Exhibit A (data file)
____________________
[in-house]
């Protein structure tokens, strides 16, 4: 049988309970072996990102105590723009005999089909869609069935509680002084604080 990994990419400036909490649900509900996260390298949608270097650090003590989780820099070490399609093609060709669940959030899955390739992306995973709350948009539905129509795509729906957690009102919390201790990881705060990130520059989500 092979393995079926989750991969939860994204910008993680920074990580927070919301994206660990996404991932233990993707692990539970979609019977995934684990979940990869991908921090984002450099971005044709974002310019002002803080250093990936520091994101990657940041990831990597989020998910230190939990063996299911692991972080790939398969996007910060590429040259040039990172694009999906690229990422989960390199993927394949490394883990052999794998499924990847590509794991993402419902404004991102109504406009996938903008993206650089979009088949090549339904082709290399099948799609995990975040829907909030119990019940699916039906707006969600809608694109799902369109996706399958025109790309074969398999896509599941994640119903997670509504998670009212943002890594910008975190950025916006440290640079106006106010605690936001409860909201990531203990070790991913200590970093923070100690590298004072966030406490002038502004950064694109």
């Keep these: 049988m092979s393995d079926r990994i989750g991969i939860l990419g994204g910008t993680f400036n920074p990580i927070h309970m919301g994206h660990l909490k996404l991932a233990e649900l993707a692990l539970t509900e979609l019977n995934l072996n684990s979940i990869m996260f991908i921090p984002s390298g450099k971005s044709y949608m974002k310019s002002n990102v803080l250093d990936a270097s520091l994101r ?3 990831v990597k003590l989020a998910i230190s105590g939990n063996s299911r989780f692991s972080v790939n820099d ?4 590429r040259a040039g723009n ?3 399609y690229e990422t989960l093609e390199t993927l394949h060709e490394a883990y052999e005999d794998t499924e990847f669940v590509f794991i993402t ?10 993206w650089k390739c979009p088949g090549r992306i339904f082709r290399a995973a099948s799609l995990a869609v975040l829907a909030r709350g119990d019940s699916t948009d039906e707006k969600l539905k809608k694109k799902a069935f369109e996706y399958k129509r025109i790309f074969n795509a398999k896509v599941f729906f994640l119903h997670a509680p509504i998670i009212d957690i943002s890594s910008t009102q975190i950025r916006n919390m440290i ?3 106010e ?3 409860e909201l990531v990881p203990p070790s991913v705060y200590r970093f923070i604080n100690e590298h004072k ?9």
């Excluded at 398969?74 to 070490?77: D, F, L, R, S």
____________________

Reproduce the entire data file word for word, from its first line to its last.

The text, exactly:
[in-house]
């Protein structure tokens, strides 16, 4: 049988309970072996990102105590723009005999089909869609069935509680002084604080 990994990419400036909490649900509900996260390298949608270097650090003590989780820099070490399609093609060709669940959030899955390739992306995973709350948009539905129509795509729906957690009102919390201790990881705060990130520059989500 092979393995079926989750991969939860994204910008993680920074990580927070919301994206660990996404991932233990993707692990539970979609019977995934684990979940990869991908921090984002450099971005044709974002310019002002803080250093990936520091994101990657940041990831990597989020998910230190939990063996299911692991972080790939398969996007910060590429040259040039990172694009999906690229990422989960390199993927394949490394883990052999794998499924990847590509794991993402419902404004991102109504406009996938903008993206650089979009088949090549339904082709290399099948799609995990975040829907909030119990019940699916039906707006969600809608694109799902369109996706399958025109790309074969398999896509599941994640119903997670509504998670009212943002890594910008975190950025916006440290640079106006106010605690936001409860909201990531203990070790991913200590970093923070100690590298004072966030406490002038502004950064694109």
């Keep these: 049988m092979s393995d079926r990994i989750g991969i939860l990419g994204g910008t993680f400036n920074p990580i927070h309970m919301g994206h660990l909490k996404l991932a233990e649900l993707a692990l539970t509900e979609l019977n995934l072996n684990s979940i990869m996260f991908i921090p984002s390298g450099k971005s044709y949608m974002k310019s002002n990102v803080l250093d990936a270097s520091l994101r ?3 990831v990597k003590l989020a998910i230190s105590g939990n063996s299911r989780f692991s972080v790939n820099d ?4 590429r040259a040039g723009n ?3 399609y690229e990422t989960l093609e390199t993927l394949h060709e490394a883990y052999e005999d794998t499924e990847f669940v590509f794991i993402t ?10 993206w650089k390739c979009p088949g090549r992306i339904f082709r290399a995973a099948s799609l995990a869609v975040l829907a909030r709350g119990d019940s699916t948009d039906e707006k969600l539905k809608k694109k799902a069935f369109e996706y399958k129509r025109i790309f074969n795509a398999k896509v599941f729906f994640l119903h997670a509680p509504i998670i009212d957690i943002s890594s910008t009102q975190i950025r916006n919390m440290i ?3 106010e ?3 409860e909201l990531v990881p203990p070790s991913v705060y200590r970093f923070i604080n100690e590298h004072k ?9």
């Excluded at 398969?74 to 070490?77: D, F, L, R, S």